A time to reflect

A time to reflect

Posted on June 20, 2012
Filed Under Kansai Food Bank, relief & aid, volunteer | Leave a Comment

June 11th to 24th at Ryukoku University in South Kyoto there will be a gallery display of photographs taken after the Great Eastern Japanese Tohoku Earthquake and Tsunami of March 11th 2011.

This is a good chance to remember and reflect upon the enourmity of the disaster, the staggering loss of life and property, and both the fraility and strength of the human experience.

After taking tons upon tons of relief supplies to stranded homeless survivors, the images of the initial days of the afternath

will forever be burned in my memory.

Now that the dust has settled. We can look back at what happened, how we have dealt with the severity of the situation and what we have done to move forward in our own lives and what we have done to help the survivors and Eastern Japanese Disaster move forward with theirs.

The situation today is both heartening and stageringly disappointing at the same time. The survivors whose houses were destroyed have been relocated into temporary housing and reconstruction have moved ahead at an amazing pace in the communites, some of which were completely washed away. However at the same time, we see the aftermath of families ripped apart, lost relationships, people who have lost a sence of who they are and how they are connected to their environments and communities, and people finding themeselvs lost in a sea of being completely dependent on others for their lively hood destroying their sence of worth and identity.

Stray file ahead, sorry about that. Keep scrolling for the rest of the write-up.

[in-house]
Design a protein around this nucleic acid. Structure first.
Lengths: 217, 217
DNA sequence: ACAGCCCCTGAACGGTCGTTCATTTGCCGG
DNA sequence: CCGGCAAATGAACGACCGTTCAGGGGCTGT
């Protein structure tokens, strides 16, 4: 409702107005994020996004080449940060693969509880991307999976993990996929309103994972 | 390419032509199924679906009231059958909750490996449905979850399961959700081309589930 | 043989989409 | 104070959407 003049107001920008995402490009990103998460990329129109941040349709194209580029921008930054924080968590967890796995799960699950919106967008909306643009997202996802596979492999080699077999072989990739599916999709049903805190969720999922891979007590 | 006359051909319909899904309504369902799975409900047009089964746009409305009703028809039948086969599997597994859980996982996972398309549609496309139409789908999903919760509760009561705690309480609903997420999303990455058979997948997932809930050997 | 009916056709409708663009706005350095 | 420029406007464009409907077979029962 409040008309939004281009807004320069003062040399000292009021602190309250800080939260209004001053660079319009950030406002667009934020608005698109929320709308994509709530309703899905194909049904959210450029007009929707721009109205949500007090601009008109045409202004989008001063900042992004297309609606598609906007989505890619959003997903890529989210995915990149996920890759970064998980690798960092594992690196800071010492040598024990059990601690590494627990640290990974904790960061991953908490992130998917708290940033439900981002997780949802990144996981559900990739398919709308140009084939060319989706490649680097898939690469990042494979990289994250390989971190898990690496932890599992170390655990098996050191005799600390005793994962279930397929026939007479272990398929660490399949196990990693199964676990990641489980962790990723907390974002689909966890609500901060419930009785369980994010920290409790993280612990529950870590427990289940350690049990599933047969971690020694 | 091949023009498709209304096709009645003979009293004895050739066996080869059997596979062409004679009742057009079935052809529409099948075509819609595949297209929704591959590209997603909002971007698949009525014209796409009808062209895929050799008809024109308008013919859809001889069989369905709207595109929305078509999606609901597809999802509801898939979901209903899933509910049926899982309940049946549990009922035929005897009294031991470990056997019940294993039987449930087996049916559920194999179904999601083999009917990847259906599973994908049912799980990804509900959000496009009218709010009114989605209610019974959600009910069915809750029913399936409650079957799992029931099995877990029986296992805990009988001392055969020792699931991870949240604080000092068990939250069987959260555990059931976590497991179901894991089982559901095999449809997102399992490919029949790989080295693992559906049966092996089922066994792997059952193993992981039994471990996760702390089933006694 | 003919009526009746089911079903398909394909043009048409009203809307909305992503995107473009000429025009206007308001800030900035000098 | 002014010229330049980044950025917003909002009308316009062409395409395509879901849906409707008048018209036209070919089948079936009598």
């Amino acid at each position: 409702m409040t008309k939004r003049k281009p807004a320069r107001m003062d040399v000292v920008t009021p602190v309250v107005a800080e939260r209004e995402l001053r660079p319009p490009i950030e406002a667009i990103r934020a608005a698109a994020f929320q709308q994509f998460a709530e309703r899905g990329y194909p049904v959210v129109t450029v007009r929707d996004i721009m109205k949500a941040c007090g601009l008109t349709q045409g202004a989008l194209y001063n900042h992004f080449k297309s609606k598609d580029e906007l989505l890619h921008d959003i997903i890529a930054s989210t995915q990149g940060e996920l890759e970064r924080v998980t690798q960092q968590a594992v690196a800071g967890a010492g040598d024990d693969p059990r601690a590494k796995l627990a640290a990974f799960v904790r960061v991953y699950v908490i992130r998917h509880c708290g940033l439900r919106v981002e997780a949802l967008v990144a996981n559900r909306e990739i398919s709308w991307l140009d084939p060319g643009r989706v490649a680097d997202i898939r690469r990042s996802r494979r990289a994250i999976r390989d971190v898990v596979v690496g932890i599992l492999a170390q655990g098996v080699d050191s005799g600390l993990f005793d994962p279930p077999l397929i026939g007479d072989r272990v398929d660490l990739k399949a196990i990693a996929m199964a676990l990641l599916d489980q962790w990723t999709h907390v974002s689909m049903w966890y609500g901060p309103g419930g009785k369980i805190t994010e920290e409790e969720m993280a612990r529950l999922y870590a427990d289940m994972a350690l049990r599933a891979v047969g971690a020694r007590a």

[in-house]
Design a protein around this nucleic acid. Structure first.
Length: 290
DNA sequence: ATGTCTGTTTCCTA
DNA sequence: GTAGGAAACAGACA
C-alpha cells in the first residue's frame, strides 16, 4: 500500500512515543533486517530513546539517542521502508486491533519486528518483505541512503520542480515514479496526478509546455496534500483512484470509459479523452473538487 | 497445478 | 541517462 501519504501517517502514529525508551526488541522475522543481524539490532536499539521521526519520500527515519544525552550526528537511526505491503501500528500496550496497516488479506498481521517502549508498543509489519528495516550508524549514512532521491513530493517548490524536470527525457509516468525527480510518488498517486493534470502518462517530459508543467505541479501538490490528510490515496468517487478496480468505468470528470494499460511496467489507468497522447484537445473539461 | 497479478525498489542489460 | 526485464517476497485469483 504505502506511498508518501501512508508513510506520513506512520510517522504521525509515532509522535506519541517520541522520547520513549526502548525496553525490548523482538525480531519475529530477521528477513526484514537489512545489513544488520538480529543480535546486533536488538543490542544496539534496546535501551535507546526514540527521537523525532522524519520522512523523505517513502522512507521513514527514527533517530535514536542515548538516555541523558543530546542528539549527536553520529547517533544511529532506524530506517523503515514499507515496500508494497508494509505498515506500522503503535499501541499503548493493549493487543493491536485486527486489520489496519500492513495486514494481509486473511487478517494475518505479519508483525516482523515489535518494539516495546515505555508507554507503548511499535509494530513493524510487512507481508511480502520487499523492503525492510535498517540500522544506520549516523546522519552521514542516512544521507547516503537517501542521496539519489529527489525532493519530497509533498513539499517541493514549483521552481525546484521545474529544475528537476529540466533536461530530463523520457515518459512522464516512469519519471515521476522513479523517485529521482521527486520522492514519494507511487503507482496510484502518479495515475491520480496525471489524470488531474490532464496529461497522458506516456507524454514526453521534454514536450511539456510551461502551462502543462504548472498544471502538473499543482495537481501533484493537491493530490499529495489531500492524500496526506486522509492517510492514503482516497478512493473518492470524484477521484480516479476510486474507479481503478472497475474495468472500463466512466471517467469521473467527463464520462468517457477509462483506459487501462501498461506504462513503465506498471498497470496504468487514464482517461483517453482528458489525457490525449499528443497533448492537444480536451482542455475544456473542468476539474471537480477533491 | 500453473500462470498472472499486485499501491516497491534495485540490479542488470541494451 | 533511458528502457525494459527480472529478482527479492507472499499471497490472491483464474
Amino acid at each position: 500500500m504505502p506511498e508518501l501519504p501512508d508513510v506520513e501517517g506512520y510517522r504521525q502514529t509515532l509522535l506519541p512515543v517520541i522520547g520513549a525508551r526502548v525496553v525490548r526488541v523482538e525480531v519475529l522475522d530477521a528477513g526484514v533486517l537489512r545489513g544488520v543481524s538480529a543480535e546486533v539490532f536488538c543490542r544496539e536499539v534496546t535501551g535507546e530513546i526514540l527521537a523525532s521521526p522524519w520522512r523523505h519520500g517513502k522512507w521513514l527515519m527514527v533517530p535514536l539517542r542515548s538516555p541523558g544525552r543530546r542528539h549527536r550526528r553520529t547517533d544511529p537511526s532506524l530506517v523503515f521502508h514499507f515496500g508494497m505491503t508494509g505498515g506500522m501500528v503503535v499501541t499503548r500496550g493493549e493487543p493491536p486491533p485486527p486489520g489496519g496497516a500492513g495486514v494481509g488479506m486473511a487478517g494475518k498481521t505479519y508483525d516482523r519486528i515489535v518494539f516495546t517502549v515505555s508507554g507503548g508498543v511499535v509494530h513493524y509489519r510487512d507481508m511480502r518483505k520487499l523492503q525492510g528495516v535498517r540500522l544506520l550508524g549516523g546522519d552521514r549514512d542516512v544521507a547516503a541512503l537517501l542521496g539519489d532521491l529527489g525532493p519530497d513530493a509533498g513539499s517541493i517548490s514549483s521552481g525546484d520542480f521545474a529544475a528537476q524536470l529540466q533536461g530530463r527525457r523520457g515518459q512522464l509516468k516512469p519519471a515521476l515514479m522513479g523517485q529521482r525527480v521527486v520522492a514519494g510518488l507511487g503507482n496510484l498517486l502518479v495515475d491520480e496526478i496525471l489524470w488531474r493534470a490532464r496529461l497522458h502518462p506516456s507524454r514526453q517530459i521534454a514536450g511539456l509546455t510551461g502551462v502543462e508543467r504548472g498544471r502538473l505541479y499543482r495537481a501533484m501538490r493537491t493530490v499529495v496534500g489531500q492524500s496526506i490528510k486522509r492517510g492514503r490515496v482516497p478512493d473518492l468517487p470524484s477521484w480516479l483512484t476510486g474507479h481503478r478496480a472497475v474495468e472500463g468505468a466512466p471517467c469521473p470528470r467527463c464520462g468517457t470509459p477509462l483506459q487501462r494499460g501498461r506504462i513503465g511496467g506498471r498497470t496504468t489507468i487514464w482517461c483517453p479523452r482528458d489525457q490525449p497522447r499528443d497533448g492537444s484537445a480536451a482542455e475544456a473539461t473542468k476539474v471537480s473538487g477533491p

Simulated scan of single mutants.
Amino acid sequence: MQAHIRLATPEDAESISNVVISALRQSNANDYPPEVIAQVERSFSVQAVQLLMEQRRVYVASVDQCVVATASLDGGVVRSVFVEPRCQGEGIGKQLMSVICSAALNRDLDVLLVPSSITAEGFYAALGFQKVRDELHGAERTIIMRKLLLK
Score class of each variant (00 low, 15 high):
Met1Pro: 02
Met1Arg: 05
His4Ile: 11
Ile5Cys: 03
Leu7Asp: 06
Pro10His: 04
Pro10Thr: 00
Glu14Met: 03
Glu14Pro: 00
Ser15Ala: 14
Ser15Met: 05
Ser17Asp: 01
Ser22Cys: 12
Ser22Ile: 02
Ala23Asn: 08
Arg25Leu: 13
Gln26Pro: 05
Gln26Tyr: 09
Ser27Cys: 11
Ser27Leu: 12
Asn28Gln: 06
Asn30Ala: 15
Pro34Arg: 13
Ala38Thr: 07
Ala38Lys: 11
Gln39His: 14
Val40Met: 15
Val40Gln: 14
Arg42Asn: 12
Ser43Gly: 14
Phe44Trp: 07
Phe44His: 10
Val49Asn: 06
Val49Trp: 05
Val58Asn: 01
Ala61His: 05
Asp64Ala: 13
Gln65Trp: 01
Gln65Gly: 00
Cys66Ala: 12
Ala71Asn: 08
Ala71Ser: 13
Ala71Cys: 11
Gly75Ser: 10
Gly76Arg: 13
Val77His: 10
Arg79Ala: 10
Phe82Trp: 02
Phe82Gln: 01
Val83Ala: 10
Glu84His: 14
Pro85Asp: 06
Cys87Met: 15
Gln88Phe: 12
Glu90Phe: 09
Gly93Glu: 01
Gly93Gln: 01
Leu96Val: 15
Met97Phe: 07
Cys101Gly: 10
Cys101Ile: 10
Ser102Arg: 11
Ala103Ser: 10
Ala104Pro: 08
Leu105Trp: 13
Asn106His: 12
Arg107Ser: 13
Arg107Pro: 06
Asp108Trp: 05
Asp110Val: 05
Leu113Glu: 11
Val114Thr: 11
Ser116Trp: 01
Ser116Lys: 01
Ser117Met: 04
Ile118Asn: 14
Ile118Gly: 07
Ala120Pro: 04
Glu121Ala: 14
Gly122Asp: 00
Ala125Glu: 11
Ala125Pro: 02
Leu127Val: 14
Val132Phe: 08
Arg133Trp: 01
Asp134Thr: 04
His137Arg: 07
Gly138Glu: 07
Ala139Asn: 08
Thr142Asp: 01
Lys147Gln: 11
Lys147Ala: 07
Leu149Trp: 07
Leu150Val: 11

In the midst of the disaster, both Tohoku residents and residents of Japan and the world have had their paradigms turned upside down and their faith in their fellow man and governments stretched to the breaking point by the painfully slow response of the officials in brining aid to the survivors. As late as May, our aid trucks were finding shelters whose residents had not received any fresh fruits or vegetables since the the earthquake on March 11th. One of the shining examples of humanity were the many many people that defied government orders for people not to take supplies into the disaster zone, taking station wagons, K trucks and family cars traveling back roads to find desperate survivors stunned with gratefulness.

Today many adhoc citizen and foreign groups continue to clean, rebuild, decontaminate and repair everything from houses to schools and community centers.

Though the land remains scarred deep from the torrent of water that washed away families dreams and heritage, the haphazard, dangerous and many feel criminally neglegent handling of the stricken Fukushima Daiichi Nuclear Facility leaves an open sore not only here in Japan but to those worldwide still waiting to know the ecological fallout and how the remaining risk will play out. 

We at Kozmoz continue to pray for the survivors and provide relocation assistance for residence wishing to move their families to Kansai and provide ongoing assistance to families that have already relocated to the Kansai area. You can still be of great assistance by volunteering in Kansai with Kozmoz or in Tohoku with groups such as Foreign Volunteers for Japan and It's not just mud.


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